Washington -- There was an unspoiled, throwback quality to a recent meeting at a hotel coffee shop of a dozen Washington Nationals fans, most wearing the red of their beloved last-place team.
It was the monthly gathering of the Nats Fan Club, a group characterized by pluck and devotion.
In an age in which many traditional baseball fan clubs have been replaced by snarky, Web-based forums or team-sponsored marketing tools, the independent Nats Fan Club is different. Its 160 members, who pay $20 a year in dues, are the opposite of jaded.
After enduring various portions of 33 years without baseball before the Nationals arrived from Montreal in 2005, these aficionados are smitten with the sport and their team.
Never mind that Washington was almost universally picked to finish last in the National League East, and that a team critic created a blog to track potentially "the worst team in the history of baseball."
The team, which is home for six games leading up to Tuesday's All-Star Game, has performed better than expected but is still at the bottom of the division.
Even the franchise's management has conceded the team is building for the future.
The Nats Fan Club members decided to hop on the bandwagon a few stops before the rest of the crowd.
"We're keeping the candle lit," said club president Colin Mills, 28, an administrative assistant for an engineering firm who believes it builds character to stand by a losing team.
"It's easy to show up when the team is winning and it's the social event of the season, but I feel good that I was there during the leaner years."
Mills recalls a May night game against the Florida Marlins in which fewer than 1,000 fans stuck around through a pair of rain delays.
"I thought, 'These are the hardest of the hardcore,' " Mills said. "And that's sort of how we feel all the time."
Mills, of Reston, Va., helped found the club before the 2005 season along with a half-dozen others who had been participating in a message board about baseball's impending arrival to Washington.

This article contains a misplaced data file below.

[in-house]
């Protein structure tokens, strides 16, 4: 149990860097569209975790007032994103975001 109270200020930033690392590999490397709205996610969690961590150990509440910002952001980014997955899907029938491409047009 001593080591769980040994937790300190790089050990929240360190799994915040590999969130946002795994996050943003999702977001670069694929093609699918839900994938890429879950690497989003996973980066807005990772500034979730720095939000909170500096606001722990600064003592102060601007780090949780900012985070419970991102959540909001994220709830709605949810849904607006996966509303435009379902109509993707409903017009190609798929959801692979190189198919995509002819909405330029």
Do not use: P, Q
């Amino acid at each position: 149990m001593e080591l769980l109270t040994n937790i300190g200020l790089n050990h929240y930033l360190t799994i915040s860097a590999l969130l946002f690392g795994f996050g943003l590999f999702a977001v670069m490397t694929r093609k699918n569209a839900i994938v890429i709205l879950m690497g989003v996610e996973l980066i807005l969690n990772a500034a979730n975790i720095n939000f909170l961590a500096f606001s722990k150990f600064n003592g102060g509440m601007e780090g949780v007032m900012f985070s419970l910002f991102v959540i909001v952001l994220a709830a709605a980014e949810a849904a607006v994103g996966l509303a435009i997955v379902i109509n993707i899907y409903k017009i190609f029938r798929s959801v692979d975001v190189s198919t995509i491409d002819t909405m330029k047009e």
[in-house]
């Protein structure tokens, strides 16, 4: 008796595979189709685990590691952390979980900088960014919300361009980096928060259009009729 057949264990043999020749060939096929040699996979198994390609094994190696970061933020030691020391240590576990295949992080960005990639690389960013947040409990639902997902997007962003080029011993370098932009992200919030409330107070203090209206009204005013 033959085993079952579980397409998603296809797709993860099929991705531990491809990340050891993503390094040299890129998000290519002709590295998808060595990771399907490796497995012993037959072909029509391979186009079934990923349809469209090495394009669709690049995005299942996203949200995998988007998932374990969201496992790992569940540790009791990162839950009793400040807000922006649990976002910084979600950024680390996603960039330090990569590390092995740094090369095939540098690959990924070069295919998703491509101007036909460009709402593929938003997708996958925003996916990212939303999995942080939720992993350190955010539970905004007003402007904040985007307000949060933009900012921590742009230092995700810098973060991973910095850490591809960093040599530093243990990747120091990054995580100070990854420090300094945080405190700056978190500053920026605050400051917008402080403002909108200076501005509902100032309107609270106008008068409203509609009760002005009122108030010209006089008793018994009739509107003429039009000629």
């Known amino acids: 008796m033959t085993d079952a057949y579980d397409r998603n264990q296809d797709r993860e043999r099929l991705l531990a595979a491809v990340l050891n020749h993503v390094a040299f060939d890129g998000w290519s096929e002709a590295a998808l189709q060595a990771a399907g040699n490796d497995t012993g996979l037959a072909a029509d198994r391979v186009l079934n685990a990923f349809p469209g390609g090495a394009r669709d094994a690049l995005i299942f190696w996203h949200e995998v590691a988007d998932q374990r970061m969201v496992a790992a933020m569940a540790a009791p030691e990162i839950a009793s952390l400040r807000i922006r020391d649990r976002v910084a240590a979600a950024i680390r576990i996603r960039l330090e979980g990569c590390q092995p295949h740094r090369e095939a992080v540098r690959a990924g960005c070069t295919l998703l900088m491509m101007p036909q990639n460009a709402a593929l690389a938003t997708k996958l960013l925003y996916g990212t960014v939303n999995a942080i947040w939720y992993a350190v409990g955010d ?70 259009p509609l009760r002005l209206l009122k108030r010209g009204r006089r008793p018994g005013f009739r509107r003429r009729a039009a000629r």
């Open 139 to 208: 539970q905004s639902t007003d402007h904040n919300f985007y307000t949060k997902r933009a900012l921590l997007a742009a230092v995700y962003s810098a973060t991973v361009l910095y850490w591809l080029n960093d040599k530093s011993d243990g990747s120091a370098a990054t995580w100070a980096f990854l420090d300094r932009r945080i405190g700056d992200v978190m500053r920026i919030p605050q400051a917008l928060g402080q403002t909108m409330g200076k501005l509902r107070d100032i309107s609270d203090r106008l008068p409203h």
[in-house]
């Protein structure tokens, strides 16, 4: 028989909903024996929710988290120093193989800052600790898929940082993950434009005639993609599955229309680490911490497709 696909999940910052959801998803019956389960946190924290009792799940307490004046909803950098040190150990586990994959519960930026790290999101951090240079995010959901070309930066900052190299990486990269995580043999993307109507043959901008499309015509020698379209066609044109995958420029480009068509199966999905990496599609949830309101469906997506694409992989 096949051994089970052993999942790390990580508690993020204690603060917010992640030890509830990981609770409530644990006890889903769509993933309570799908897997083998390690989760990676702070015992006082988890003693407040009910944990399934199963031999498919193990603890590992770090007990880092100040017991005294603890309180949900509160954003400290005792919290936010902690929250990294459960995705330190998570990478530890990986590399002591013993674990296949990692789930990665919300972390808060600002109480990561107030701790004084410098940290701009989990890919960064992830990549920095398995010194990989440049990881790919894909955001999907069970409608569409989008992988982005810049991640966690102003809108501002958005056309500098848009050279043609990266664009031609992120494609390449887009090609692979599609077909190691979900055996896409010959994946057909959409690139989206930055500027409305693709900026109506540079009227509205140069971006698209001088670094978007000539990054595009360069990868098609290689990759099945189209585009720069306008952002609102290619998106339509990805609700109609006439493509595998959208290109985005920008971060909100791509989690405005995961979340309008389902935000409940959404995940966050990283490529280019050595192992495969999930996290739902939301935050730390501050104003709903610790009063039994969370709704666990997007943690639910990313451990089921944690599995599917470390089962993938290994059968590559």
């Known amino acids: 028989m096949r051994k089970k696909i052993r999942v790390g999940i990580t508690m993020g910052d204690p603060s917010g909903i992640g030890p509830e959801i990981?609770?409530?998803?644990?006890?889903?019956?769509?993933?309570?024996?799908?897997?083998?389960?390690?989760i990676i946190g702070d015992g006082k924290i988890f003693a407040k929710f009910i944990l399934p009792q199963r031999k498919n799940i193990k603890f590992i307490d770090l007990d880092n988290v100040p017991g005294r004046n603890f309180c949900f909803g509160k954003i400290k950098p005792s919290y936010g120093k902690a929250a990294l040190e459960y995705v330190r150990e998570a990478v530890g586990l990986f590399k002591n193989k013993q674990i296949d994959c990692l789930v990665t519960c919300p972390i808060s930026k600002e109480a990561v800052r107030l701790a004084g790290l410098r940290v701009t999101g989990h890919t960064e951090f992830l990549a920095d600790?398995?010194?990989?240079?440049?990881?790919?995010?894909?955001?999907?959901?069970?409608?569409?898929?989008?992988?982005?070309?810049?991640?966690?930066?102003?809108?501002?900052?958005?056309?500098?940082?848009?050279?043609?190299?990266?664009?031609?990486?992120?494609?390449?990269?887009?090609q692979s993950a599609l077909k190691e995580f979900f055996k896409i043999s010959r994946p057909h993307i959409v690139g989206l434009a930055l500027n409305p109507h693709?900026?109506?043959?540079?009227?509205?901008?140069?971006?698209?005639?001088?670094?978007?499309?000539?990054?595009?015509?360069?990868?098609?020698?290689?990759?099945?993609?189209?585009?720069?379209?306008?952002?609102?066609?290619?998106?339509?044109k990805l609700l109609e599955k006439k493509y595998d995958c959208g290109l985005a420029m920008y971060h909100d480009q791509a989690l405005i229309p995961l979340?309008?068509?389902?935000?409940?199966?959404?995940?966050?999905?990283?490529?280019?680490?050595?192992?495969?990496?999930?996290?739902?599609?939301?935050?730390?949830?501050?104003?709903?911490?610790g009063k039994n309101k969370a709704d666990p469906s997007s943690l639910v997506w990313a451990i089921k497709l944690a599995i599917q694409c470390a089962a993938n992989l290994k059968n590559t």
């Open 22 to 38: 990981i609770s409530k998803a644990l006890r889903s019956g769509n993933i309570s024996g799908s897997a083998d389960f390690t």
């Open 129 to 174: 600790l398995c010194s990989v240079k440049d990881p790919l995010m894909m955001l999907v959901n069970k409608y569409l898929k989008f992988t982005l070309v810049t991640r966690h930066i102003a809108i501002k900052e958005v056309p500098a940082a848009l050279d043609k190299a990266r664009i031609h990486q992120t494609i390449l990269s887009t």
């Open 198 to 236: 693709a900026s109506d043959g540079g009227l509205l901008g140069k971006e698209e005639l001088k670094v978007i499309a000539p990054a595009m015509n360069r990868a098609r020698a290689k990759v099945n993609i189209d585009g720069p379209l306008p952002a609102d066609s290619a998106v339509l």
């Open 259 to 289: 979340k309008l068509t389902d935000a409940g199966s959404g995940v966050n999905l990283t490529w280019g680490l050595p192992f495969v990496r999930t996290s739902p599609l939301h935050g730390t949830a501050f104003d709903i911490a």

On the night it became official, Mills and the group found themselves drinking at a downtown bar.
"We had the night of a hundred toasts, lifting our glasses to anybody who had anything to do with Washington baseball including [former Washington Senators pitcher] Walter Johnson and former Mayor [Anthony] Williams," Mills said.
Out of the alcohol and excitement came the fan club, whose members organize tailgates and march in local parades.
The club members include Allen Knotts, a retired NASA budget analyst from Bowie who says he spent his entire government career without a team he could call his own.
"I am so in love with the sport and having 'Washington' on the jerseys that they almost never have to win a game to satisfy me," Knotts said.
Just as Baltimore emotionally hung onto the NFL's Colts long after the franchise's 1984 move, many Washingtonians' baseball memories involve the Senators. The club moved to Texas after the 1971 season.
Like Knotts, Barbara Angelino, a part-time technology instructor from Boyds, says she has a visceral reaction when she walks into 46-year-old RFK Stadium and remembers attending games there as a kid.
"It makes me feel like a little girl again, like I should look over my shoulder and see my mother," Angelino, 50, said. She said she hasn't missed a pitch this season on television or at the stadium.
But Mills said some remain angry at Orioles owner Peter Angelos for opposing Washington's bid for a team because of concern that the region couldn't support two ballclubs.
The Orioles don't have "an official fan club," said team spokesman Bill Stetka. "We have the Oriole Advocates, which is a group of business people that do community functions, and we have marketing tools like the Birdwatchers Club and the Junior Orioles Dugout Club," he said.
The Nats Fan Club isn't affiliated with the team, although that may soon change. Chartese Burnett, a Nationals vice president, has met with Mills and Knotts, the club's treasurer, to discuss the possibility of an "official" designation. That could aid the club by providing it with, among other things, a link from the team's Web site.
In a sense, the club members' bonds may have been strengthened by a shared sense that Major League Baseball treated Washington shabbily, making it wait decades for a team.
Said Knotts: "Baseball came here [to Washington] when it had nowhere else to go."
But now, Knotts and the other club members happily watch their work-in-progress team and await the opening of a new stadium next year on the Anacostia River waterfront. The stadium is expected to boost attendance, which has been slipping the past couple of seasons.
The fan club is paying homage to the new stadium in its own way.
Along with the club's thanks, guest speakers at the monthly meetings are presented thimble-sized containers of sand from the stadium's May 2006 ground-breaking ceremony.